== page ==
26 | 06 | 2017
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Database Design

Hash partitioned tables

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Hash partitioned tables

 

See also Partition Administration

When we use hash partitioning data is evenly distributed among the partitions assuming the number of partitions is a power of 2 ( so 2, 4, 8, 16, 32, ... )
Oracle uses a hash algorithm for this distribution. Hash partition is typically used for large tables without a business partition key. It is mostly used on primary key columns or foreign key columns with a lot of distinct values used in joins with other tables.

Advantages of hash partitioning are

1. Possible partition pruning, if we query the table with in the where clause the partition key.

2. Possible partition wise joins if we join tables and query the tables with in the where clause the partition key.

3. Possible to store every partition in its dedicated tablespace, on a separate device ( IO )

4. hash partitioning distributes concurrent inserts among partitions, can as such decrease buffer busy waits in an OLTP database with concurrent DML ( read hash partitioning can reduce hot spots )



This is an example os a table which is hash partitioned on the primary key. All the partitions are created in the same tablespace.
The primary key index itself is a local index.

SQL> create table table_T1 (T1_ID number(18),

  2  T1_SOMEFIELD1 varchar2(10),
  3  T1_SOMEFIELD2 varchar2(10),
  4  T1_SOMEFIELD3 varchar2(10),
  5  constraint T1_PK primary key ( T1_ID ) using index local )
  6  partition by hash (T1_ID) partitions 8 tablespace users;

Table created.



This is an example of a table which is hash partitioned on the primary key. Every partition is created in a dedicated tablespace.
The primary key index itself is a local index.

SQL> create table table_T2 (T2_ID number(18),

  2  T2_SOMEFIELD1 varchar2(10),
  3  T2_SOMEFIELD2 varchar2(10),
  4  T2_SOMEFIELD3 varchar2(10),
  5  constraint T2_PK primary key ( T2_ID ) using index local )
  6  partition by hash (T2_ID)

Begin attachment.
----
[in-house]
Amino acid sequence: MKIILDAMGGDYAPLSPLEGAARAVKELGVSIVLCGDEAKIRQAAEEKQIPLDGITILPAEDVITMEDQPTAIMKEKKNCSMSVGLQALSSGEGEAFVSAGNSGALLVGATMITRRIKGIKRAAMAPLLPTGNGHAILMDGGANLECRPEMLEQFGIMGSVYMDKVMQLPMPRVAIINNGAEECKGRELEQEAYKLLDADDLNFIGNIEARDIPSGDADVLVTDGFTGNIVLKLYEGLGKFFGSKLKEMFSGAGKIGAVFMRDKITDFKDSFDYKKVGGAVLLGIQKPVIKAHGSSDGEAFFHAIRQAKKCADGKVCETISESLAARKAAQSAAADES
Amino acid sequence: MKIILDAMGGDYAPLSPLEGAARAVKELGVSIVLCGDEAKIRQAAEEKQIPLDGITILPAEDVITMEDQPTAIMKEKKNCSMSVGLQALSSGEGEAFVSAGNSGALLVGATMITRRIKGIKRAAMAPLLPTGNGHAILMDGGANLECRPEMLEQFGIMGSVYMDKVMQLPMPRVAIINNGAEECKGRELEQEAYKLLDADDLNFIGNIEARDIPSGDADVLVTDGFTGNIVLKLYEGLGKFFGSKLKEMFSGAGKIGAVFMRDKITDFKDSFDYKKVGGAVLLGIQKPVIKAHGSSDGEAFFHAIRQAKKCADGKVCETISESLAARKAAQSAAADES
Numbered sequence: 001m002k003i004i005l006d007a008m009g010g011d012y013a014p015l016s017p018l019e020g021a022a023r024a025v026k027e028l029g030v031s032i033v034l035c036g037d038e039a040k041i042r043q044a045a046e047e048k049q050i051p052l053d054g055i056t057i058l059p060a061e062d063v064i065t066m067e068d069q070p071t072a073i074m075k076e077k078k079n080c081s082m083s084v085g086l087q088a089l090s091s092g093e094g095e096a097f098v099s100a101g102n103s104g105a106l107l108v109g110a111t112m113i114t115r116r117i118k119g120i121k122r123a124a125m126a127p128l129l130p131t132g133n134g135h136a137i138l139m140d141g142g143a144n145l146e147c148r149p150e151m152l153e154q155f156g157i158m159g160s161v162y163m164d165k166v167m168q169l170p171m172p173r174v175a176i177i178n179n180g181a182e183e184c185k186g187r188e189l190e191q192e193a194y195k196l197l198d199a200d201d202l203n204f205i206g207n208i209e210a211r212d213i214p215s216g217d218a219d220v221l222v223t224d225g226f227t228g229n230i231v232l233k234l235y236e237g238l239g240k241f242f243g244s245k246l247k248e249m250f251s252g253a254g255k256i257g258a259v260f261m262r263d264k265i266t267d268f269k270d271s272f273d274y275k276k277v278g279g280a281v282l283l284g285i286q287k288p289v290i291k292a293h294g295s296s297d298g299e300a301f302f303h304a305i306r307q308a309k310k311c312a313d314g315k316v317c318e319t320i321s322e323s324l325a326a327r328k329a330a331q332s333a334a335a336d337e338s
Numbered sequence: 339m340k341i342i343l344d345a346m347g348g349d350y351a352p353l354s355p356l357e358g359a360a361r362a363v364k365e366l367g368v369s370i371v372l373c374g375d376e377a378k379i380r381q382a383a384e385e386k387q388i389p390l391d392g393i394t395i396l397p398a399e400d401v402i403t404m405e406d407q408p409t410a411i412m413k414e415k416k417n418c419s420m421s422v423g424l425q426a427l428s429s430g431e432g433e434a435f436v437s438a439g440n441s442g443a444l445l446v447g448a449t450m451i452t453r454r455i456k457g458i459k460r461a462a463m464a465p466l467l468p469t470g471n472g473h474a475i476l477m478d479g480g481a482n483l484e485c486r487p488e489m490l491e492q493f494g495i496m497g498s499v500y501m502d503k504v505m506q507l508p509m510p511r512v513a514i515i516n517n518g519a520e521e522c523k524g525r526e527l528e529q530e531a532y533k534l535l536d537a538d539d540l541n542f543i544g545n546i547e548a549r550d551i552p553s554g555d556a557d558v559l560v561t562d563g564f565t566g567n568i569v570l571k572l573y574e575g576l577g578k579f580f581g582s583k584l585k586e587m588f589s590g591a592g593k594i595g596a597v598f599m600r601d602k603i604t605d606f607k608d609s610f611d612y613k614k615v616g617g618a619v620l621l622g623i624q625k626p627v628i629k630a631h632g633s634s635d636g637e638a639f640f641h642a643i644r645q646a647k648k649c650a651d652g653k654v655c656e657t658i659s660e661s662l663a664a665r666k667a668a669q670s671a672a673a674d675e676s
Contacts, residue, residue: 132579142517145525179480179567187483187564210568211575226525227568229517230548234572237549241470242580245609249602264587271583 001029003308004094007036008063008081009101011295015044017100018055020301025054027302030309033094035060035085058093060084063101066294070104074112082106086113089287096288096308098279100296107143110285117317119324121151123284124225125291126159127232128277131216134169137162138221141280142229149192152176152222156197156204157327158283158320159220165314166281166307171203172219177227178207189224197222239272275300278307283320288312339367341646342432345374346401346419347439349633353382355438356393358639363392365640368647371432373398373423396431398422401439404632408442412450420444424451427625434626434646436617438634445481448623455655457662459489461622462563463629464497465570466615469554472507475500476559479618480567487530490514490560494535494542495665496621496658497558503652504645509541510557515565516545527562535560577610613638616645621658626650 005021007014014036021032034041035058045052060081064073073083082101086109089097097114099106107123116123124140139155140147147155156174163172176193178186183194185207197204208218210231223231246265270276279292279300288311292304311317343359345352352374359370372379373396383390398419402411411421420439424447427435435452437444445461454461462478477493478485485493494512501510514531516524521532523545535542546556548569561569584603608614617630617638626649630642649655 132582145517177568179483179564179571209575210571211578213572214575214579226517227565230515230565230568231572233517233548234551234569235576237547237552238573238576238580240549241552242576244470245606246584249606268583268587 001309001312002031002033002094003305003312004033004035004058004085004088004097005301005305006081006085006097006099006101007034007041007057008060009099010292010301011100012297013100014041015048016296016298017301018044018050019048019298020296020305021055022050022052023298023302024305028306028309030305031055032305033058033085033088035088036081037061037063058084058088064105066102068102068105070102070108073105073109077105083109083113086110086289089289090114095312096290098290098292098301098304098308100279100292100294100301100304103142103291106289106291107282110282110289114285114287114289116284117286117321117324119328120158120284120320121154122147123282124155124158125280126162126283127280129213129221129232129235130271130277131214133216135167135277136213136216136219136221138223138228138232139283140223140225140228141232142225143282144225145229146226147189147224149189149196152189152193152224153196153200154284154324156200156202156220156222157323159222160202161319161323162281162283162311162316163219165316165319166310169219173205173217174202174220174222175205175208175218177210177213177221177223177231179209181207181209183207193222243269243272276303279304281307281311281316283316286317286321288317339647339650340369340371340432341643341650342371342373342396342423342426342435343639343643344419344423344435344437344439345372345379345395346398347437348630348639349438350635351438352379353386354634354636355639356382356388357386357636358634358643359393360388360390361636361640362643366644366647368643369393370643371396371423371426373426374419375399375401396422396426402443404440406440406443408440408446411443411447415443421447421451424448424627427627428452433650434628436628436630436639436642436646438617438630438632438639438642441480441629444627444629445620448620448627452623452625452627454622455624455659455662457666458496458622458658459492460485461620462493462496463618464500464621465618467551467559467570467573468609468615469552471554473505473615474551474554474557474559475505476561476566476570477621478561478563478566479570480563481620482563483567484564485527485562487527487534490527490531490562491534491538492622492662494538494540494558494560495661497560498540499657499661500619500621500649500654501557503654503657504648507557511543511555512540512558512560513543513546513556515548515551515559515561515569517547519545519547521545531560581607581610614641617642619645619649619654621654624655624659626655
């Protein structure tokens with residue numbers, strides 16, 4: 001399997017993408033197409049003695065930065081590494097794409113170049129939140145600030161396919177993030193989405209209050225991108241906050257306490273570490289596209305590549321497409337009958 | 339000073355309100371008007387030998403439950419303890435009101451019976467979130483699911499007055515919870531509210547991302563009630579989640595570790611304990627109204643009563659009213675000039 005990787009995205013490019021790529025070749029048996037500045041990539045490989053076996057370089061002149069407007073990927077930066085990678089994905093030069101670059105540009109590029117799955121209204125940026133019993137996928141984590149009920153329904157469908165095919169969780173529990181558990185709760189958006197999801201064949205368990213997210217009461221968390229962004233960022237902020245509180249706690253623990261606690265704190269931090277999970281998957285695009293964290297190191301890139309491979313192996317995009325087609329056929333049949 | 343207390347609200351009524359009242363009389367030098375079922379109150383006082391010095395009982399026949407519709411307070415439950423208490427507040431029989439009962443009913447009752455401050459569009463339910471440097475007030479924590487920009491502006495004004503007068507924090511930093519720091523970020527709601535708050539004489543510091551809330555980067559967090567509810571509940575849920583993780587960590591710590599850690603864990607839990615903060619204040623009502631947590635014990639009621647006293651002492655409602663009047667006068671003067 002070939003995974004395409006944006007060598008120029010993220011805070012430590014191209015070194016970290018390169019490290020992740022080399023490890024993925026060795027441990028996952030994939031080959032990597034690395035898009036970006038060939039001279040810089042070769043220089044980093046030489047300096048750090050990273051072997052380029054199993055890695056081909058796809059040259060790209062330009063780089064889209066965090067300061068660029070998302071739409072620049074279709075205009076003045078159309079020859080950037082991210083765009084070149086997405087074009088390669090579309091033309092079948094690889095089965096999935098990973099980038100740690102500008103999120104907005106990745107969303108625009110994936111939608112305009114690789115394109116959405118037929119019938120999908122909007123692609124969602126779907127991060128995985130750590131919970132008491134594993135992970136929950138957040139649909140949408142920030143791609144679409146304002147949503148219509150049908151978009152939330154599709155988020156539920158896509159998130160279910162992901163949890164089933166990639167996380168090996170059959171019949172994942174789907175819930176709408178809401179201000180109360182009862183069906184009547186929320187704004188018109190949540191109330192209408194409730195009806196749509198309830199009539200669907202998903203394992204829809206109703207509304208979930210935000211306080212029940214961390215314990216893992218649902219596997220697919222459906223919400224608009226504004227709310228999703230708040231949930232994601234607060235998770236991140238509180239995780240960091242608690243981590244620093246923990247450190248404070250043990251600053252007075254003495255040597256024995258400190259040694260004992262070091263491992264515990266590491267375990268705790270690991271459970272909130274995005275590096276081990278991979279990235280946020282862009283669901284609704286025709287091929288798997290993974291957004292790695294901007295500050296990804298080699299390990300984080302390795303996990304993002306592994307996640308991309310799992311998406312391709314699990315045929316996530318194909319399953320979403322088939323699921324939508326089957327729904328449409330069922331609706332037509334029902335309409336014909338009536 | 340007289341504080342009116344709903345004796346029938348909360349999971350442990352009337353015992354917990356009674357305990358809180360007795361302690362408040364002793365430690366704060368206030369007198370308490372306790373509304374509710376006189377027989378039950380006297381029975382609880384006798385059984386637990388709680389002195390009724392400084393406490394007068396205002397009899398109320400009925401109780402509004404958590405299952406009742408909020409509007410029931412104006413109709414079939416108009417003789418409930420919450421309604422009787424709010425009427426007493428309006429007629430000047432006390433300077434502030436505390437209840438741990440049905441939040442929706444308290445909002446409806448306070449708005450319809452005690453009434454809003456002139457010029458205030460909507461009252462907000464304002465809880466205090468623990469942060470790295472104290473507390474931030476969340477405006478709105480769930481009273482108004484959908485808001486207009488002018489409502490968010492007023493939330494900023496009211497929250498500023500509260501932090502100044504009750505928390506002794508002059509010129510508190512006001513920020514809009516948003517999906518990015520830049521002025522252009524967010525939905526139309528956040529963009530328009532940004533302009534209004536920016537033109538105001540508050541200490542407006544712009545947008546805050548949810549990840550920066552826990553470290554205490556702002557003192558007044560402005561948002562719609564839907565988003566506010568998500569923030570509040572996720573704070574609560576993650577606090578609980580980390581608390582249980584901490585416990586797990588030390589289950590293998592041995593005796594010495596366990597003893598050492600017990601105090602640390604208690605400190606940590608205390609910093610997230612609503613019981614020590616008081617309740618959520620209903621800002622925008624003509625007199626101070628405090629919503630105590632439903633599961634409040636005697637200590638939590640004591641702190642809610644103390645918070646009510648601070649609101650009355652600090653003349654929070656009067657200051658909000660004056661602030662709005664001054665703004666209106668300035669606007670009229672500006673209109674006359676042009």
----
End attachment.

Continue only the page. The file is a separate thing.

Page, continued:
7   ( partition T2_P01? tablespace user_data1,
  8     partition T2_P02? tablespace user_data2,
  9     partition T2_P03? tablespace user_data3,
 10     partition T2_P04? tablespace user_data4);

Table created.



This is an example of a table which is hash partitioned on the foreign key. All the partitions are created in the same tablespace.
The primary key index itself is not partitioned.
We create a local index on the foreign key column

SQL> create table table_T3 (T3_ID number(18),
  2  T3_T2ID? number(18),
  3  T3_SOMEFIELD1 varchar2(10),
  4  T3_SOMEFIELD2 varchar2(10),
  5  T3_SOMEFIELD3 varchar2(10),
  6  constraint T3_PK primary key ( T3_ID ) using index )
  7  partition by hash (T3_T2ID) partitions 8 tablespace users;

Table created.

SQL> alter table table_T3 add constraint FK_T3_T2 foreign key (T3_T2ID) references table_T2 (T2_ID);

Table altered.

SQL> create index T3_IDX1 on table_T3 (T3_T2ID) local initrans 4 tablespace users;

Index created.


This is an example of a table which is hash partitioned on the foreign key. All the partitions are created in the same tablespace.
The primary key index itself is global hash partitioned.
We create a local index on the foreign key column

SQL> create table table_T4 (T4_ID number(18),

  2  T4_T2ID? number(18),
  3  T4_SOMEFIELD1 varchar2(10),
  4  T4_SOMEFIELD2 varchar2(10),
  5  T4_SOMEFIELD3 varchar2(10),
  6  constraint T4_PK primary key ( T4_ID ) using index global partition by hash
  (T4_ID) tablespace USERS )
  7  partition by hash (T4_T2ID) partitions 8;

Table created.

SQL> create index T4_IDX1 on table_T4 (T4_T2ID) local initrans 4 tablespace users;

Index created.




I will pay attention to partition wise joins in detail elsewhere. Here are some selects which benefits from partition wise joins.

select * from table_T2, table T3 where table T3.T3_T2ID = table_T2.T2_ID and table T2_ID = &number;


select * from table_T2, table T3 where table T3.T3_T2ID = table_T2.T2_ID and table T2_ID in (&number1, &number2, &number3, ... )